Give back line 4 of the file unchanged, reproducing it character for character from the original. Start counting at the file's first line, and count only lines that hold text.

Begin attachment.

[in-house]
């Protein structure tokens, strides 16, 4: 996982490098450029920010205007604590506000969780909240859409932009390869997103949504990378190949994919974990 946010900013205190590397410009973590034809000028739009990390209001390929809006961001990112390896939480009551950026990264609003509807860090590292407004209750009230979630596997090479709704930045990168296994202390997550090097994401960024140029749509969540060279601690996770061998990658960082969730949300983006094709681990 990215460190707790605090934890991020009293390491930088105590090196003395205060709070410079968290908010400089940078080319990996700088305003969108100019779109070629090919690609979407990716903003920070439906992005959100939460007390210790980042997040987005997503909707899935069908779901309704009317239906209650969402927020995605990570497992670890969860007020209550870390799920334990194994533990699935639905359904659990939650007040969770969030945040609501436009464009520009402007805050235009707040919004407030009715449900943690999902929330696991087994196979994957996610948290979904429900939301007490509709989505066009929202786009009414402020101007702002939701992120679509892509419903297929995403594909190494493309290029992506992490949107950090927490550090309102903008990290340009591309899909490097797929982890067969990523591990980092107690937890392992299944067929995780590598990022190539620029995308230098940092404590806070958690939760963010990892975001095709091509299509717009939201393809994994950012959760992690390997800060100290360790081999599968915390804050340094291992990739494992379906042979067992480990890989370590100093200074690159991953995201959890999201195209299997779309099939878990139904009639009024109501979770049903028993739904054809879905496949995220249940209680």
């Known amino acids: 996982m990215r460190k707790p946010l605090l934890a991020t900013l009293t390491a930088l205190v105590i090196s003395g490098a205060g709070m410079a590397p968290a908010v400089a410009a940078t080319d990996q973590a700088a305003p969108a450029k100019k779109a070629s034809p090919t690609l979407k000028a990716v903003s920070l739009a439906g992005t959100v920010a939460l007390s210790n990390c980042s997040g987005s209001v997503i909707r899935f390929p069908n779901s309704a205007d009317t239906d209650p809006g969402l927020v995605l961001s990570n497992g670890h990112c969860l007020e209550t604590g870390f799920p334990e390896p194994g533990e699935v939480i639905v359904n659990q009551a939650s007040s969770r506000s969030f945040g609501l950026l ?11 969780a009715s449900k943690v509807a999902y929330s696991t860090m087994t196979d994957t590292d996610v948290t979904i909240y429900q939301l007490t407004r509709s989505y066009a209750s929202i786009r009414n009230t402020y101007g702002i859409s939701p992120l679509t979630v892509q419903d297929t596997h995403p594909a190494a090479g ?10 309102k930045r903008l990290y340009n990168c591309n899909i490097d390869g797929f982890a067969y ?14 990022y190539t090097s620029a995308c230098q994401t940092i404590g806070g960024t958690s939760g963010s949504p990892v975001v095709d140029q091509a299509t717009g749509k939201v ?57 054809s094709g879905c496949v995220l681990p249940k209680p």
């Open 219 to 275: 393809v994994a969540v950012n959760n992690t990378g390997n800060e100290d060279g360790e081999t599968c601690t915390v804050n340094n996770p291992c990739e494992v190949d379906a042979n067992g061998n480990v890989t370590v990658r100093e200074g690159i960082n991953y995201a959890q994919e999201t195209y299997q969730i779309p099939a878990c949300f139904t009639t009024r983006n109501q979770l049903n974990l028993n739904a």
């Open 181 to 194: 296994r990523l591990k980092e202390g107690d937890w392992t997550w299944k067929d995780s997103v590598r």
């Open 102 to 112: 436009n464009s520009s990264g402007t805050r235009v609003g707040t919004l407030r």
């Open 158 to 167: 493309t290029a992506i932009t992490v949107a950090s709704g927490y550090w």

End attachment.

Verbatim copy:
């Open 219 to 275: 393809v994994a969540v950012n959760n992690t990378g390997n800060e100290d060279g360790e081999t599968c601690t915390v804050n340094n996770p291992c990739e494992v190949d379906a042979n067992g061998n480990v890989t370590v990658r100093e200074g690159i960082n991953y995201a959890q994919e999201t195209y299997q969730i779309p099939a878990c949300f139904t009639t009024r983006n109501q979770l049903n974990l028993n739904a």